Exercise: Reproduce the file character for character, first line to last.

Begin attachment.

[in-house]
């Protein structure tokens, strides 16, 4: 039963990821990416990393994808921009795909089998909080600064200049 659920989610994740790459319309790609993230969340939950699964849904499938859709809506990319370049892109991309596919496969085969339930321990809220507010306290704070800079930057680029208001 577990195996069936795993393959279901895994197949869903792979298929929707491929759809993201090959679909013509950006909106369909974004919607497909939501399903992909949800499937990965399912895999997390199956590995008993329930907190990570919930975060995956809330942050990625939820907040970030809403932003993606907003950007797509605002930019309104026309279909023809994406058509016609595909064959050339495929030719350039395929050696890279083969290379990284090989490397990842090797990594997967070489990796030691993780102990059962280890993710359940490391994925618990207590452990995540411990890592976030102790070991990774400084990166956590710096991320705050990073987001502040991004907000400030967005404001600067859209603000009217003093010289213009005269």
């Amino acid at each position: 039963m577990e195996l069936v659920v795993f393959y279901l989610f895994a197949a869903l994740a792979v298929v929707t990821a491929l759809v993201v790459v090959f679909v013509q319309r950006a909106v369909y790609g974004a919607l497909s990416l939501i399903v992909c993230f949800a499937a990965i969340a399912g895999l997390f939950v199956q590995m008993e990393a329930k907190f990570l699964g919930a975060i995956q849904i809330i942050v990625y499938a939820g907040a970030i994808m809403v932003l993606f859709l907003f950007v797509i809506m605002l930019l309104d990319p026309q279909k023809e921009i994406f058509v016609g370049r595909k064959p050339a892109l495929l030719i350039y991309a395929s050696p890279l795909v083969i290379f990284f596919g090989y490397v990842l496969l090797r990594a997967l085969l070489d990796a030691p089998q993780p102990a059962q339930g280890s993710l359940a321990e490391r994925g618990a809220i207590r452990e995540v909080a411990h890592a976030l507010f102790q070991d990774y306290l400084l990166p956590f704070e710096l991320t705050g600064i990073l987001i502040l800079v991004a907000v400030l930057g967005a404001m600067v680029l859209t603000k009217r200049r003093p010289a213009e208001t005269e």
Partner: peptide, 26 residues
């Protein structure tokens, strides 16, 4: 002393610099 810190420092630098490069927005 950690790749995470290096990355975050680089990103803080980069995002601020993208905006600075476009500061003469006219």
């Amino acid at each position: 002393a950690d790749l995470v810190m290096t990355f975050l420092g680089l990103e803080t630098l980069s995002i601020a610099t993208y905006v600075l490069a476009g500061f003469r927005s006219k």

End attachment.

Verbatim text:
[in-house]
């Protein structure tokens, strides 16, 4: 039963990821990416990393994808921009795909089998909080600064200049 659920989610994740790459319309790609993230969340939950699964849904499938859709809506990319370049892109991309596919496969085969339930321990809220507010306290704070800079930057680029208001 577990195996069936795993393959279901895994197949869903792979298929929707491929759809993201090959679909013509950006909106369909974004919607497909939501399903992909949800499937990965399912895999997390199956590995008993329930907190990570919930975060995956809330942050990625939820907040970030809403932003993606907003950007797509605002930019309104026309279909023809994406058509016609595909064959050339495929030719350039395929050696890279083969290379990284090989490397990842090797990594997967070489990796030691993780102990059962280890993710359940490391994925618990207590452990995540411990890592976030102790070991990774400084990166956590710096991320705050990073987001502040991004907000400030967005404001600067859209603000009217003093010289213009005269």
């Amino acid at each position: 039963m577990e195996l069936v659920v795993f393959y279901l989610f895994a197949a869903l994740a792979v298929v929707t990821a491929l759809v993201v790459v090959f679909v013509q319309r950006a909106v369909y790609g974004a919607l497909s990416l939501i399903v992909c993230f949800a499937a990965i969340a399912g895999l997390f939950v199956q590995m008993e990393a329930k907190f990570l699964g919930a975060i995956q849904i809330i942050v990625y499938a939820g907040a970030i994808m809403v932003l993606f859709l907003f950007v797509i809506m605002l930019l309104d990319p026309q279909k023809e921009i994406f058509v016609g370049r595909k064959p050339a892109l495929l030719i350039y991309a395929s050696p890279l795909v083969i290379f990284f596919g090989y490397v990842l496969l090797r990594a997967l085969l070489d990796a030691p089998q993780p102990a059962q339930g280890s993710l359940a321990e490391r994925g618990a809220i207590r452990e995540v909080a411990h890592a976030l507010f102790q070991d990774y306290l400084l990166p956590f704070e710096l991320t705050g600064i990073l987001i502040l800079v991004a907000v400030l930057g967005a404001m600067v680029l859209t603000k009217r200049r003093p010289a213009e208001t005269e």
Partner: peptide, 26 residues
């Protein structure tokens, strides 16, 4: 002393610099 810190420092630098490069927005 950690790749995470290096990355975050680089990103803080980069995002601020993208905006600075476009500061003469006219």
């Amino acid at each position: 002393a950690d790749l995470v810190m290096t990355f975050l420092g680089l990103e803080t630098l980069s995002i601020a610099t993208y905006v600075l490069a476009g500061f003469r927005s006219k």